Windsor Side Chair
Origin: America, Virginia, Richmond
OH: 32 1/2" OW:16 1/2"OD:15 1/2" H(seat): 15 1/2"
Maple, oak, and tulip poplar.
Acc. No. 1990-154,1
Appearance: Fan-back Windsor side chair; plain eared crest rail; baluster-turned stiles; plain back spindles; shaped seat; baluster-turned legs; turned, H-plan stretchers; early but not original black-green paint.
Construction: Typical round-tenon construction is used on the chair. Both the legs and stiles penetrate the seat. The legs are wedged at the upper ends and some appear to be double wedged. Both the stiles and the central spindle are pinned with cut nails where they join the crest rail.
Materials: Maple legs, stretchers, and crest rail; oak spindles and stiles; tulip poplar seat.
Label:Richmond, Virginia, was one of the few southern cities that eventually supported a substantial Windsor chair industry. At least a dozen documented makers were at work there between 1790 and 1820, among them Robert (d. 1823) and Andrew (d. 1805) McKim (also M'Kim), the makers of this labeled fan-back side chair and its mate. Partners from 1795 to 1805, the McKim brothers ran a prolific chairmaking operation, and surviving records suggest that they became relatively wealthy in the process. Evidence of their prosperity first appeared in 1797, when the McKims had amassed sufficient capital to build a large brick tenement next to their chair shop. Robert occupied one of the apartments in the new building. The rest were leased to other artisans and businessmen, thus generating additional income.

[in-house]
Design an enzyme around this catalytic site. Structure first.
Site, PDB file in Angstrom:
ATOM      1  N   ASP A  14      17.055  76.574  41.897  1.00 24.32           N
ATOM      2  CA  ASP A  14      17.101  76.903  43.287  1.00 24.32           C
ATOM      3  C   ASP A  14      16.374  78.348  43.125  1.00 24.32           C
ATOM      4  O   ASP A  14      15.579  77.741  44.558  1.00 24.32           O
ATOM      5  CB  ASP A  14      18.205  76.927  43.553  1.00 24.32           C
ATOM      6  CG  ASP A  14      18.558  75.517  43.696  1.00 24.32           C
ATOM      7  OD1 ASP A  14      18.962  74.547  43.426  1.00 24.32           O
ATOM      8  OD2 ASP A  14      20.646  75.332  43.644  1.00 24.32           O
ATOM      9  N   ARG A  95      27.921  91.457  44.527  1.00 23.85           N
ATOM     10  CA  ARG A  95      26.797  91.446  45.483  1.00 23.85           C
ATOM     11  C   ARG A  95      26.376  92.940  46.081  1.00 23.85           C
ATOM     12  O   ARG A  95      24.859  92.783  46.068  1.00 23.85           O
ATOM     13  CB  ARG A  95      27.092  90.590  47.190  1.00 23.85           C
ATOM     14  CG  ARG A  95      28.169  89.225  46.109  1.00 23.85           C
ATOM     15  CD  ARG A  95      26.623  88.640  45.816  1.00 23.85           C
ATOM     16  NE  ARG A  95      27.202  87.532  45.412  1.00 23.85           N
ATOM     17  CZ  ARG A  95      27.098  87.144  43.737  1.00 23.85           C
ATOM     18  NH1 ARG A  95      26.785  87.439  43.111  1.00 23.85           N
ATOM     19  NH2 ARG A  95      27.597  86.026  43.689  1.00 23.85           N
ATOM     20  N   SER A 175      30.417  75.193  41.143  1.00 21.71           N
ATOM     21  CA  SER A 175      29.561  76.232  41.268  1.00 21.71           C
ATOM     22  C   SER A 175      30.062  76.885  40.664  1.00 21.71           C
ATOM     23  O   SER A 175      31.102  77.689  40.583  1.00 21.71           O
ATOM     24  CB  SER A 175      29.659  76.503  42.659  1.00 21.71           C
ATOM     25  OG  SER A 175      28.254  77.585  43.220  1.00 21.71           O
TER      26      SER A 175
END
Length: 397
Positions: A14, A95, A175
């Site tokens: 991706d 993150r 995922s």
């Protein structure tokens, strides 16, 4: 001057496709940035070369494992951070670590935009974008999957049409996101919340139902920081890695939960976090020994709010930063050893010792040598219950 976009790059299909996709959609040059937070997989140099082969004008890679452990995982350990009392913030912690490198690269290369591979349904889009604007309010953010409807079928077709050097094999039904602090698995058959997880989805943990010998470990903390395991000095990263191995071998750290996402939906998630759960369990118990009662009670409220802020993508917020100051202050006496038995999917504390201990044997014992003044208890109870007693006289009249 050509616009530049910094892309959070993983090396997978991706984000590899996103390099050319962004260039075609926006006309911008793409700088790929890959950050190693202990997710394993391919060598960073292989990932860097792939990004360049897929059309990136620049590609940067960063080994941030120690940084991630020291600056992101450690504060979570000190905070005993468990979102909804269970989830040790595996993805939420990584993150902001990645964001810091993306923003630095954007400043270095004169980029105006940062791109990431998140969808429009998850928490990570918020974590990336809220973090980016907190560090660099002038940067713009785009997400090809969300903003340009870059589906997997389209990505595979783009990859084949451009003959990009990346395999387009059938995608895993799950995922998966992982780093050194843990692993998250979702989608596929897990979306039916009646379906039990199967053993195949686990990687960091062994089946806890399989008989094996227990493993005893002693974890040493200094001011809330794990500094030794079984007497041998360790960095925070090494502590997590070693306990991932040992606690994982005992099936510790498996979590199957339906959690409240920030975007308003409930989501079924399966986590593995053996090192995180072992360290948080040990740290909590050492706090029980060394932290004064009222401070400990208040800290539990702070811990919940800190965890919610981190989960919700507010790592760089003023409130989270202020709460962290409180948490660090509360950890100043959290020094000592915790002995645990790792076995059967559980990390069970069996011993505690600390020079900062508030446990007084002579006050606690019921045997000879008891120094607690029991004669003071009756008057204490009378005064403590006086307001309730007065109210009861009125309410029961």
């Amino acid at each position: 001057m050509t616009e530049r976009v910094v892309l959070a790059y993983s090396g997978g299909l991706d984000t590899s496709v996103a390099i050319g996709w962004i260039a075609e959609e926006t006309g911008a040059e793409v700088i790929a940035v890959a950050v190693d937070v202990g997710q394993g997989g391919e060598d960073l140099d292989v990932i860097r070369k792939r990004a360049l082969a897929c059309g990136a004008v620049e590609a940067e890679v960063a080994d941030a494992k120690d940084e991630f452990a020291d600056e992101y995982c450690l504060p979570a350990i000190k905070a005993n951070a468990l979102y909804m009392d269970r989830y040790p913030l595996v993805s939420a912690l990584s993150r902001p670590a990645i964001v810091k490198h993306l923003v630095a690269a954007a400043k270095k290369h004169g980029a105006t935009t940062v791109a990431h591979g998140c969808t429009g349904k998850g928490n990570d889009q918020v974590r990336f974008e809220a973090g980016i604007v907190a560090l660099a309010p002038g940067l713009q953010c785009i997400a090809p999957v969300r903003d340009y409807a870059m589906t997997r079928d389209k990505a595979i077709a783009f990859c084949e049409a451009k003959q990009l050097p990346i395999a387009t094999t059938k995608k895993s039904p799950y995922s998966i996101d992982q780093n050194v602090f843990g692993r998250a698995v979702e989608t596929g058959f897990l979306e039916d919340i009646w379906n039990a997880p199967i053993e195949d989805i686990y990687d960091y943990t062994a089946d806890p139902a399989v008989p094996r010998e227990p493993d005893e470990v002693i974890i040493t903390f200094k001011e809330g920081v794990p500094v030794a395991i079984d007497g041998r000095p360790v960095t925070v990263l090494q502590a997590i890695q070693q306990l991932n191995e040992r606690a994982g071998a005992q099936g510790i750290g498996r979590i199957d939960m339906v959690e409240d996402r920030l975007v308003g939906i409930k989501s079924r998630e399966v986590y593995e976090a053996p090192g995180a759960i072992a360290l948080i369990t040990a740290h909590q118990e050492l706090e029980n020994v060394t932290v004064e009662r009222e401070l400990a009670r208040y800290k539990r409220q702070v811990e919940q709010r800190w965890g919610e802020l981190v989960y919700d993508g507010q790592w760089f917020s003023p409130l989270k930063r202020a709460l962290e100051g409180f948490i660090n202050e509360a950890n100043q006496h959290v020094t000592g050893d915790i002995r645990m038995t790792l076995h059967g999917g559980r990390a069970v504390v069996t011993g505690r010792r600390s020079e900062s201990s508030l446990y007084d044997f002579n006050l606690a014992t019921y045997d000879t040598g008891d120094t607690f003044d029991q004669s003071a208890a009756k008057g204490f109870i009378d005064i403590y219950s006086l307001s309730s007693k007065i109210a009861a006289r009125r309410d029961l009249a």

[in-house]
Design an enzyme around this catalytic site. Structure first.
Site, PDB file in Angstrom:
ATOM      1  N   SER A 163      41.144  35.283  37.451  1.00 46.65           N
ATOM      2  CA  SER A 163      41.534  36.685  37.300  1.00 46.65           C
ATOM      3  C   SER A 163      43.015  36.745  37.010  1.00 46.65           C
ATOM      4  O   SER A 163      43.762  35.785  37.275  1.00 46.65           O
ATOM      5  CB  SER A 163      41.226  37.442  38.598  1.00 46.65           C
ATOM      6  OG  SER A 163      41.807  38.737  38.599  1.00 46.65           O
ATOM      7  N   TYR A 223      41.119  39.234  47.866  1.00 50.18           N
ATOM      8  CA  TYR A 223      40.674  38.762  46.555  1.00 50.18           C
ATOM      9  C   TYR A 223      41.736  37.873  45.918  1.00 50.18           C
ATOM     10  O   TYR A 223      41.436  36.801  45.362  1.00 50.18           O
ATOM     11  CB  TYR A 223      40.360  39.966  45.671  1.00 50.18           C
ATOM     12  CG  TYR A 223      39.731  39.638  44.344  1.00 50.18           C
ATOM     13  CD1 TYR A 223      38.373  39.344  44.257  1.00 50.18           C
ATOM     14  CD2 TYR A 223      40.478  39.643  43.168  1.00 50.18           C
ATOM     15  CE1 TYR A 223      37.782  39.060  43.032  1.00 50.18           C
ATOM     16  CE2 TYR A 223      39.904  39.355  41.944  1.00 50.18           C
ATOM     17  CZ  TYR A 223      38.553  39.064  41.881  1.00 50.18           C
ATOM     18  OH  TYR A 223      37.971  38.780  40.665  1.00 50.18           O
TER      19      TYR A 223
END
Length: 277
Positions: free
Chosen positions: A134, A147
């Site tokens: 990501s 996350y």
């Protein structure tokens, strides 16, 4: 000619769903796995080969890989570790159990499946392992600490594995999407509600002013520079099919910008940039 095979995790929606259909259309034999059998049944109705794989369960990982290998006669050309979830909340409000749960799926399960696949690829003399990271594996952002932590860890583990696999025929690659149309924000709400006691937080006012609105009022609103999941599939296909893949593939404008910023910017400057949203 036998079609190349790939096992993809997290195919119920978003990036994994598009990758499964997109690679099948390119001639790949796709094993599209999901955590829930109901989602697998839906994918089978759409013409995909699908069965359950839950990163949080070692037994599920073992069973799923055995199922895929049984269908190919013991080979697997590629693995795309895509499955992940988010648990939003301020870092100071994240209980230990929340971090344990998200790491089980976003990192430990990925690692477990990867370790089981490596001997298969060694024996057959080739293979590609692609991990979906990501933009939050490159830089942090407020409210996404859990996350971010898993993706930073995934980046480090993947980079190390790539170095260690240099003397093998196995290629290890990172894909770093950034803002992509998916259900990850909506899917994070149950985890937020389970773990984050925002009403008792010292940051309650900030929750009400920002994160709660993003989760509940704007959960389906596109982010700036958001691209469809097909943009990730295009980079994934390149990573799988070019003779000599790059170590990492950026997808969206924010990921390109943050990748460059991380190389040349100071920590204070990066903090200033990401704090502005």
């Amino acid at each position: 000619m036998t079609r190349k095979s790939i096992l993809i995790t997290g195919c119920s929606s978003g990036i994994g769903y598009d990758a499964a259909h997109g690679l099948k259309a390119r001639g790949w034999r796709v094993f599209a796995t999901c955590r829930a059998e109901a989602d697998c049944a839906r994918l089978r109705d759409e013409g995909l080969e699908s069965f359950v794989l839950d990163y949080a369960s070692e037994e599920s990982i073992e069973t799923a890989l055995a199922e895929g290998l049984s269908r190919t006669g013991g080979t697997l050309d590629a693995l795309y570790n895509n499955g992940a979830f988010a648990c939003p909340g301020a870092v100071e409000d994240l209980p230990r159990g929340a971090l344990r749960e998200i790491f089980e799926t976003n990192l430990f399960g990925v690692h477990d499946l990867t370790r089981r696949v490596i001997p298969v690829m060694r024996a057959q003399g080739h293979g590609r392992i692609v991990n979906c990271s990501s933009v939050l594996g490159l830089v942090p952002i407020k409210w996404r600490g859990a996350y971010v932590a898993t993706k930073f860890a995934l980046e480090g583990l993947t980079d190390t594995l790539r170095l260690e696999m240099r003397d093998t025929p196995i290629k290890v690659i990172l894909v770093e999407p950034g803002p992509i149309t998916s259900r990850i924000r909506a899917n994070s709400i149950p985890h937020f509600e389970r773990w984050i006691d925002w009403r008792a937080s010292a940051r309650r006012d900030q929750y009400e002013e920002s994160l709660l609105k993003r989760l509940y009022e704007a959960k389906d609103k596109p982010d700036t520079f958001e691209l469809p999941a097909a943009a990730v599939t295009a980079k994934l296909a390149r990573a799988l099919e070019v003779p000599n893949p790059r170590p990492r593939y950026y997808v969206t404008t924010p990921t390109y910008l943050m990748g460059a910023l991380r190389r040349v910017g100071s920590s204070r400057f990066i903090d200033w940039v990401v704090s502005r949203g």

Like many southern Windsor chairs, those from the McKim shop closely resemble Philadelphia models, which were still being shipped to the South in quantity at the end of the eighteenth century. The McKims' leg and spindle profiles and their use of cut nails for pinning the stiles and central spindles to the crest rails echo Philadelphia practices exactly. William Pointer (w. 1796-1808) and other prominent Richmond Windsor makers followed northern prototypes to a similar degree. This abundance of Philadelphia technology is not surprising given the number of Windsor makers who moved from that city to the South during the early national period. Michael Murphy (d. 1804) is a typical example. In 1799, Murphy closed his Philadelphia shop, which had been listed in city directories since 1793, and relocated to Norfolk where he advertised the opening of a new "Windsor Chair Manufactory." Over time, men like Murphy ensured the survival of Philadelphia chair-making traditions in eastern Virginia by passing their skills on to local apprentices wherever they moved.
As did large shops in northern urban centers, the McKims' Richmond operation supplied a wide range of other turning needs. For instance, Robert made the balusters for the stair at John Marshall's new Richmond house in 1789. The McKims fabricated a variety of rollers, cogs, and pulleys for the water-powered machinery at Richmond's Virginia Manufactory of Arms in 1802. Other central Virginia Windsor shops offered similar services. Chairmaker Joel Brown (w. 1796-1815) of Petersburg offered to "turn columns for porticos or porches in the neatest and most approved style."
After Andrew McKim's death in 1805, Robert continued to produce Windsor furniture until his own demise in 1823. Although no documented examples of Robert's later work have been discovered, his apparent prosperity and later service as an alderman for the city of Richmond speak strongly of his abilities and of Richmond's role as an important regional Windsor chair-making center.
Provenance:The chair has no known early history. It was purchased by CWF in 1990 from the collection of Giles Cromwell.
Inscription(s):A printed paper label on the underside of the chair seat reads "Andrew & Robt. M'Kim, / makes every kind of / WINDSOR CHAIR[S?] / In the neatest and best manner, at their / Chair Shop near the Post office / RICHMOND."